Volume 566, June 2014
|Number of page(s)||17|
|Published online||11 June 2014|
Thanatology in protoplanetary discs
The combined influence of Ohmic, Hall, and ambipolar diffusion on dead zones⋆
Univ. Grenoble Alpes, IPAG,
2 CNRS, IPAG, 38000 Grenoble, France
3 Department of Astrophysical Sciences, 4 Ivy Lane, Peyton Hall, Princeton University, Princeton NJ 08544, USA
4 Laboratoire AIM, CEA/DSM–CNRS–Université Paris 7, Irfu/Service d’Astrophysique, CEA-Saclay, 91191 Gif-sur-Yvette, France
Accepted: 8 April 2014
Protoplanetary discs are poorly ionised due to their low temperatures and high column densities and are therefore subject to three “non-ideal” magnetohydrodynamic (MHD) effects: Ohmic dissipation, ambipolar diffusion, and the Hall effect. The existence of magnetically driven turbulence in these discs has been a central question since the discovery of the magnetorotational instability (MRI). Early models considered Ohmic diffusion only and led to a scenario of layered accretion, in which a magnetically “dead” zone in the disc midplane is embedded within magnetically “active” surface layers at distances of about 1–10 au from the central protostellar object. Recent work has suggested that a combination of Ohmic dissipation and ambipolar diffusion can render both the midplane and surface layers of the disc inactive and that torques due to magnetically driven outflows are required to explain the observed accretion rates. We reassess this picture by performing three-dimensional numerical simulations that include all three non-ideal MHD effects for the first time. We find that the Hall effect can generically “revive” dead zones by producing a dominant azimuthal magnetic field and a large-scale Maxwell stress throughout the midplane, provided that the angular velocity and magnetic field satisfy Ω·B > 0. The attendant large magnetic pressure modifies the vertical density profile and substantially increases the disc scale height beyond its hydrostatic value. Outflows are produced but are not necessary to explain accretion rates ≲ 10-7 M⊙ yr-1. The flow in the disc midplane is essentially laminar, suggesting that dust sedimentation may be efficient. These results demonstrate that if the MRI is relevant for driving mass accretion in protoplanetary discs, one must include the Hall effect to obtain even qualitatively correct results.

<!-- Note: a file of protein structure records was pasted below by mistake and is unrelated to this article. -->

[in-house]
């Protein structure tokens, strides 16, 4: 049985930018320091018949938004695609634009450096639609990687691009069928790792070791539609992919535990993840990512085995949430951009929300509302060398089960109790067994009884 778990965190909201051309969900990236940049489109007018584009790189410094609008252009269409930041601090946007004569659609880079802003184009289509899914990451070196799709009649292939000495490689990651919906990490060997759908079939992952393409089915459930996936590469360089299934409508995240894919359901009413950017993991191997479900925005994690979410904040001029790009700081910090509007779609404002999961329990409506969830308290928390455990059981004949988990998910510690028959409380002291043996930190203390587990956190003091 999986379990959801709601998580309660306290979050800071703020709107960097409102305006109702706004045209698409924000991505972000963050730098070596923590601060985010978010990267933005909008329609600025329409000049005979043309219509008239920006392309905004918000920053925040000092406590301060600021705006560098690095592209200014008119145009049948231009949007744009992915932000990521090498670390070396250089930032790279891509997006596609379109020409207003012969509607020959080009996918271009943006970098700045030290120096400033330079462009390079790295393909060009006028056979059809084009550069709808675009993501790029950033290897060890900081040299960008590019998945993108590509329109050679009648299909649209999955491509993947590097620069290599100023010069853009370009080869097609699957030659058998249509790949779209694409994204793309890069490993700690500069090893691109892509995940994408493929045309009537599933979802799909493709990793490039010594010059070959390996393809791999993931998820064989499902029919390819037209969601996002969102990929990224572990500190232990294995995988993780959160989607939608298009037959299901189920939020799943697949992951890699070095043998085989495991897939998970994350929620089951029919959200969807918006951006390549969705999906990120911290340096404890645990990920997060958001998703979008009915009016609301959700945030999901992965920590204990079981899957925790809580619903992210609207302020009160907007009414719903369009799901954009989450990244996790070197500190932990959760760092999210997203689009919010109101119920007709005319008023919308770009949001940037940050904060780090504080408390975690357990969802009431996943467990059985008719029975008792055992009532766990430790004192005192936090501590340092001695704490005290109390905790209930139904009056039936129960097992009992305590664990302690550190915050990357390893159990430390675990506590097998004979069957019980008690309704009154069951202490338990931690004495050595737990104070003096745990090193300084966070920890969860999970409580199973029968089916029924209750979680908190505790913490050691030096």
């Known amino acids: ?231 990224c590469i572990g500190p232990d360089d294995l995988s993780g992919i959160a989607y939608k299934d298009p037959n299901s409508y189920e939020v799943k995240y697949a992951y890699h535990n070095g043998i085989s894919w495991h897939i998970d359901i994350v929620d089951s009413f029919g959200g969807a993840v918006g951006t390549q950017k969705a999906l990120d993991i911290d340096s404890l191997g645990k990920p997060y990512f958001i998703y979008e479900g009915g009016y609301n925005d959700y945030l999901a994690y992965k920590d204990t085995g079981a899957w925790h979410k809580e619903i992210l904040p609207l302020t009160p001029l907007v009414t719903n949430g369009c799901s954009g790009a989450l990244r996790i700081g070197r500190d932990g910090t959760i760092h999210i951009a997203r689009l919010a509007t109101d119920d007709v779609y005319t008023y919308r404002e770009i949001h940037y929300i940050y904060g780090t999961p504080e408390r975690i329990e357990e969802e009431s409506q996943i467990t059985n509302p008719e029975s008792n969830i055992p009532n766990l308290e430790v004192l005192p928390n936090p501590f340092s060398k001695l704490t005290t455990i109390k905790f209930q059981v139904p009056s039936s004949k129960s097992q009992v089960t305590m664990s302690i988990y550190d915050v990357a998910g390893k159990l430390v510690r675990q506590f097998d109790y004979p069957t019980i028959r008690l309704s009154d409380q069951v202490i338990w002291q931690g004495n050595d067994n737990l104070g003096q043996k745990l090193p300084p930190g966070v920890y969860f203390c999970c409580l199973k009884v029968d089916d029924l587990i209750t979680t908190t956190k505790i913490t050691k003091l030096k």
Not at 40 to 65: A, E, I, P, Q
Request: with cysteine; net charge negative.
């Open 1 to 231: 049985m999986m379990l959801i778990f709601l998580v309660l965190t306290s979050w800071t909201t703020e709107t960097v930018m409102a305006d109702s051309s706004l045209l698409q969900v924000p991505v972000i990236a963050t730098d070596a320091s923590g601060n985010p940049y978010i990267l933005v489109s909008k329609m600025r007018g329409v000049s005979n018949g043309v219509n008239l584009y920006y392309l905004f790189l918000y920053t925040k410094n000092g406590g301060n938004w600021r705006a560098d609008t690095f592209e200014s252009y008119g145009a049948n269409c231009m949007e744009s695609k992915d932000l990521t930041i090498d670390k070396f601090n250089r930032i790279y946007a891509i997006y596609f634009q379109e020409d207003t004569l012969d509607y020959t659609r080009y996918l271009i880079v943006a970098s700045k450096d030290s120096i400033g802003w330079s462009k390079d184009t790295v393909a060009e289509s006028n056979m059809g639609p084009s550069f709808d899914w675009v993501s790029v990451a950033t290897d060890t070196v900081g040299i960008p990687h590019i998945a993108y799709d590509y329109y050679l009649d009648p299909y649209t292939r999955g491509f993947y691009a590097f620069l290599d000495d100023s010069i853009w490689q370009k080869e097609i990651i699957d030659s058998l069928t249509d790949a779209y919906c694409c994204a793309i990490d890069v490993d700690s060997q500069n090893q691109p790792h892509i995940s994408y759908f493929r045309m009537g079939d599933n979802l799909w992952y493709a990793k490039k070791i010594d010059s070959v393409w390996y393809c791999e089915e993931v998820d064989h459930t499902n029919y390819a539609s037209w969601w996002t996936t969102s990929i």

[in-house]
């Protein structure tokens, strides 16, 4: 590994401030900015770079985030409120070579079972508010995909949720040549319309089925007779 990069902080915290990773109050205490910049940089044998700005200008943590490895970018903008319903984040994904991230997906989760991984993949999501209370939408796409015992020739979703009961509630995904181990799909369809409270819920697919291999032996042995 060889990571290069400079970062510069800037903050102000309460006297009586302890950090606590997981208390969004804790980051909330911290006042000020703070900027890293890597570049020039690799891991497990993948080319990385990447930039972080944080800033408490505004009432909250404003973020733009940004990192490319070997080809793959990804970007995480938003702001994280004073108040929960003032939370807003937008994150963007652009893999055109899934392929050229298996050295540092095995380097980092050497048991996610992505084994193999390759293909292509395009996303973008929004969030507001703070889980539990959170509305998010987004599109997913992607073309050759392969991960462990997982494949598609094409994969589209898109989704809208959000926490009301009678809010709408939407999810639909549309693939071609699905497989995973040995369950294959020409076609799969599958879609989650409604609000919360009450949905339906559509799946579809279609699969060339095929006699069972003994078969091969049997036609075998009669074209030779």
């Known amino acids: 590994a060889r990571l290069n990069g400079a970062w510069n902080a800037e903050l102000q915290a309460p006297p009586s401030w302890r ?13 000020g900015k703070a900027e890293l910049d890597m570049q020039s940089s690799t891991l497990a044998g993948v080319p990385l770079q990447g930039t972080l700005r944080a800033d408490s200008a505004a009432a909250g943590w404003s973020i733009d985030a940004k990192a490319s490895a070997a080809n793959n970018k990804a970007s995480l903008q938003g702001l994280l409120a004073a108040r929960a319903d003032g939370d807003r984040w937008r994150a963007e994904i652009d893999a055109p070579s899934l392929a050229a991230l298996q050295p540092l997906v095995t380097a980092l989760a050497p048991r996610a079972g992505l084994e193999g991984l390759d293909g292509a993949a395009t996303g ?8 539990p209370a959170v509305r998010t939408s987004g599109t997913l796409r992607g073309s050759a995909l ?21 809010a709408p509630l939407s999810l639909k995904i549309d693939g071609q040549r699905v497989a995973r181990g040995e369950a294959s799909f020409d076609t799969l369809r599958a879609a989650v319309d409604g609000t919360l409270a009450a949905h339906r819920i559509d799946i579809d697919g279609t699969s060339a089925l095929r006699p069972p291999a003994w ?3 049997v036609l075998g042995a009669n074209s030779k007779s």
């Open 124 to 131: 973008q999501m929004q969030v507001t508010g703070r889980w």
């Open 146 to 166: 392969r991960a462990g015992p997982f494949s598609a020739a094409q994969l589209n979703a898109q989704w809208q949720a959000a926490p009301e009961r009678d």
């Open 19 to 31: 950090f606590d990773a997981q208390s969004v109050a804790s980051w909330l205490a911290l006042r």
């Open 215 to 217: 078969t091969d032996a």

Key words: accretion, accretion disks / instabilities / magnetohydrodynamics (MHD) / protoplanetary disks / stars: formation
Appendices are available in electronic form at http://www.aanda.org
© ESO, 2014
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